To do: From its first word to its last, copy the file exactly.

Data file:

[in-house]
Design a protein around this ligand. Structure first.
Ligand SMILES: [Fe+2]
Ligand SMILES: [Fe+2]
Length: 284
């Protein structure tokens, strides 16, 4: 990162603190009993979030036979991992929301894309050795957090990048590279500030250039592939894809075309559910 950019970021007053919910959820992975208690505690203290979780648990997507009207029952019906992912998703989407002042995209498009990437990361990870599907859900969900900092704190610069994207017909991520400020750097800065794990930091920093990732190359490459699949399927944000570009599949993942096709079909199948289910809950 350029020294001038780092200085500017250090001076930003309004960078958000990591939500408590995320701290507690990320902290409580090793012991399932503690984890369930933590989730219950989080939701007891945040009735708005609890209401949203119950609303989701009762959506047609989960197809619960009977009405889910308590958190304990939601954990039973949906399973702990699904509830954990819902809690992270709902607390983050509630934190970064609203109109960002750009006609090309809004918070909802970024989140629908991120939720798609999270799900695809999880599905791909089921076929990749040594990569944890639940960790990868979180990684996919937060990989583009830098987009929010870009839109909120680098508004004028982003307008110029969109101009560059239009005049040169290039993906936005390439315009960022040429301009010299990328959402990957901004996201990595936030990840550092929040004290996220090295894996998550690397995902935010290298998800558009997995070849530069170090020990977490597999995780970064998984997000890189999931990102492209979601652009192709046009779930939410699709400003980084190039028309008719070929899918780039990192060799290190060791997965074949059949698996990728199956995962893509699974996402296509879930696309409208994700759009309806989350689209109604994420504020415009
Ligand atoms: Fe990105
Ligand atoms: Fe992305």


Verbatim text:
[in-house]
Design a protein around this ligand. Structure first.
Ligand SMILES: [Fe+2]
Ligand SMILES: [Fe+2]
Length: 284
């Protein structure tokens, strides 16, 4: 990162603190009993979030036979991992929301894309050795957090990048590279500030250039592939894809075309559910 950019970021007053919910959820992975208690505690203290979780648990997507009207029952019906992912998703989407002042995209498009990437990361990870599907859900969900900092704190610069994207017909991520400020750097800065794990930091920093990732190359490459699949399927944000570009599949993942096709079909199948289910809950 350029020294001038780092200085500017250090001076930003309004960078958000990591939500408590995320701290507690990320902290409580090793012991399932503690984890369930933590989730219950989080939701007891945040009735708005609890209401949203119950609303989701009762959506047609989960197809619960009977009405889910308590958190304990939601954990039973949906399973702990699904509830954990819902809690992270709902607390983050509630934190970064609203109109960002750009006609090309809004918070909802970024989140629908991120939720798609999270799900695809999880599905791909089921076929990749040594990569944890639940960790990868979180990684996919937060990989583009830098987009929010870009839109909120680098508004004028982003307008110029969109101009560059239009005049040169290039993906936005390439315009960022040429301009010299990328959402990957901004996201990595936030990840550092929040004290996220090295894996998550690397995902935010290298998800558009997995070849530069170090020990977490597999995780970064998984997000890189999931990102492209979601652009192709046009779930939410699709400003980084190039028309008719070929899918780039990192060799290190060791997965074949059949698996990728199956995962893509699974996402296509879930696309409208994700759009309806989350689209109604994420504020415009
Ligand atoms: Fe990105
Ligand atoms: Fe992305």